The Lost City is an action-comedy with a big emphasis on comedy. Most of the laughs are derived from the banter between the two leads. Tatum and Bullock have solid chemistry, bouncing off of each other really well, and that manages to make the film very funny even as it goes through a pretty linear and expected story. The film tries to build jokes outside of the two leads (such as making fun of Fairfax's name) but the movie really only shines when Bullock and Tatum are on screen.

The movie doesn't really stretch the acting chops of either actor; these are roles that the two can do, in a winning fashion, in their sleep. Bullock, for her part, has played roles like this for most of her career: the romantic lead, a little flighty but with a core strength and intelligence. Any time she's in a romantic comedy this is the performance she gives. It's good, but expected. Meanwhile Tatum has perfected his dumb guy comedy shtick since 2012's 21 Jump Street and it's the same performance here. You could pretty much take his character out of the Jump Street films and slap him in here and it would be the exact same character as Tatum's Alan. It's fun, and watchable, but nothing new.

Whether or not that matters really depends on how much you want something new. The film bounces these two expected characters off each other in a pairing we haven't seen before (this being the first romantic comedy for Bullock and Tatum together) and it does work. These two are likable together, even when they're sniping. And it is refreshing to see a older woman get paired up with a younger man (generally it's a 60 year old man with a much younger woman, and this is the rare pairing that even slightly treads in the other direction). You could easily see these two making more films like this (even if they aren't sequels) just due to the easy way they work together.

The movie, though, doesn't really stretch them, or anything or anyone else, much at all. The plot lines outside the two leads fizzle, the characters beyond them (and a sometimes scenery-chewing performance from Radcliffe, who is otherwise under used) don't have much to do, and the action really isn't anything to speak of. This is a vehicle for Bullock and Tatum and it lives and dies by the metric. If there were other leads in these roles, this film would absolutely flounder, brought down under a weak story and silly writing.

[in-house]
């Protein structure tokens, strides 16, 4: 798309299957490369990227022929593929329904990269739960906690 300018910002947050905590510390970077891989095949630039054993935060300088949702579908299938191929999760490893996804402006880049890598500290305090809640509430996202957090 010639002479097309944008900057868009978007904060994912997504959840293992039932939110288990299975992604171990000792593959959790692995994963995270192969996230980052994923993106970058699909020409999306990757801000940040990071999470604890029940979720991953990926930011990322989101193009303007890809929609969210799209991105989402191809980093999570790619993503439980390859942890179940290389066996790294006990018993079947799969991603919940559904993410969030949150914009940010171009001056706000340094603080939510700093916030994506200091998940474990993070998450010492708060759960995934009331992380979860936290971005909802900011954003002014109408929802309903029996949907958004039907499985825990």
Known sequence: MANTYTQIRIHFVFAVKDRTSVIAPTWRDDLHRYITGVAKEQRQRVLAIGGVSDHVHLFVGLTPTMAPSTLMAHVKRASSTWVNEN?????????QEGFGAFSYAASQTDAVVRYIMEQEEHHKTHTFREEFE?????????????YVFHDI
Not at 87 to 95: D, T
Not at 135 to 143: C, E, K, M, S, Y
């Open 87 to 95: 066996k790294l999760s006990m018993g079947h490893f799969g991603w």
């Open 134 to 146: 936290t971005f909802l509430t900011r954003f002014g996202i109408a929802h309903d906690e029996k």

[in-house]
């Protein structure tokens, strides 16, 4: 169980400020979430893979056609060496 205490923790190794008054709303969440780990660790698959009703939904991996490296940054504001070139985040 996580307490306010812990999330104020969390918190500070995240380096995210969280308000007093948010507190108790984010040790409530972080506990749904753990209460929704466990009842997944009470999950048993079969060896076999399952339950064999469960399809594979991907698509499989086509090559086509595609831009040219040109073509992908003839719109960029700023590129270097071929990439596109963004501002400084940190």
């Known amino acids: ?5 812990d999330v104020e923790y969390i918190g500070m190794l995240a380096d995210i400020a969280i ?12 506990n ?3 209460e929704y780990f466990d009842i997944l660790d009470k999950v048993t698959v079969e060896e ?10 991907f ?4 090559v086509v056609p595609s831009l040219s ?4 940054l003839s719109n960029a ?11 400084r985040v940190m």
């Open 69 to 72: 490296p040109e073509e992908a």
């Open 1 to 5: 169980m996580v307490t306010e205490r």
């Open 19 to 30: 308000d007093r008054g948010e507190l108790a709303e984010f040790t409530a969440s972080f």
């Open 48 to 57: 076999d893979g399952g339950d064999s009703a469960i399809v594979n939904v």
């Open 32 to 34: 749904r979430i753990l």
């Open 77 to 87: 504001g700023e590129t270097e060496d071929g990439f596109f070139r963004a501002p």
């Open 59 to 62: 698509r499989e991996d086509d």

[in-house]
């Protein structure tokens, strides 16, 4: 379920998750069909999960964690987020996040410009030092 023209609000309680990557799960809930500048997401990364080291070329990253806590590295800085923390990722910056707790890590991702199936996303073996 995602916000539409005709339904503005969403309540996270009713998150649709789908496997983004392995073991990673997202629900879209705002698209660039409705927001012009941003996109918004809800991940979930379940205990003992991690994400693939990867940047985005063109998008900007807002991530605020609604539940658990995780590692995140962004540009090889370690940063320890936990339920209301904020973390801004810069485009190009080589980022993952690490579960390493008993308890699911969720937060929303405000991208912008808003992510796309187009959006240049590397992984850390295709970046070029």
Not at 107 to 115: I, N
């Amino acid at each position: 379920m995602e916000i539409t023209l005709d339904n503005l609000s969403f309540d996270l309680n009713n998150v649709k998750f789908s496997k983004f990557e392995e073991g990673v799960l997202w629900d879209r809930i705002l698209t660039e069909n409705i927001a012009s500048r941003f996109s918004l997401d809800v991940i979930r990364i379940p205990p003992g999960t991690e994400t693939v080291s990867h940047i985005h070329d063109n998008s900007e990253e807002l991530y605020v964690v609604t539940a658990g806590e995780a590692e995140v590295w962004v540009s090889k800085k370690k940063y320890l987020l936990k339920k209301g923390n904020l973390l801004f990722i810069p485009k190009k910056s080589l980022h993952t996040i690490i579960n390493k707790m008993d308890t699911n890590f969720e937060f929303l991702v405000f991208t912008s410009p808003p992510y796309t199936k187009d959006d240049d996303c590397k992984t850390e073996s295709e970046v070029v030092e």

In fact, the film doesn't even really find depth or growth for anyone until the end, when the treasure (the mystery of which I won't spoil) is found. Then the film manages to find some pathos and let the leads grown and develop real romantic chemistry. It's in these final moments that the movie you really wanted to see comes through. It's watchable up to that point, but really good right before it ends. I guess that's a great place to leave the film, and if a sequel happens maybe they can build from that in the future.

In less charismatic hands The Lost City would be completely forgettable. It's only because it has Bullock and Tatum that it works. The biggest knock against the film is that it takes the Romancing the Stone formula and doesn't really do much with it. The greatest thing that can be said though is that, despite its flaws, The Lost City is still a silly and fun movie. I don't hate it, and for those looking for cheesy popcorn I'd absolutely recommend it. Just know the kind of movie you're getting so you aren't disappointed.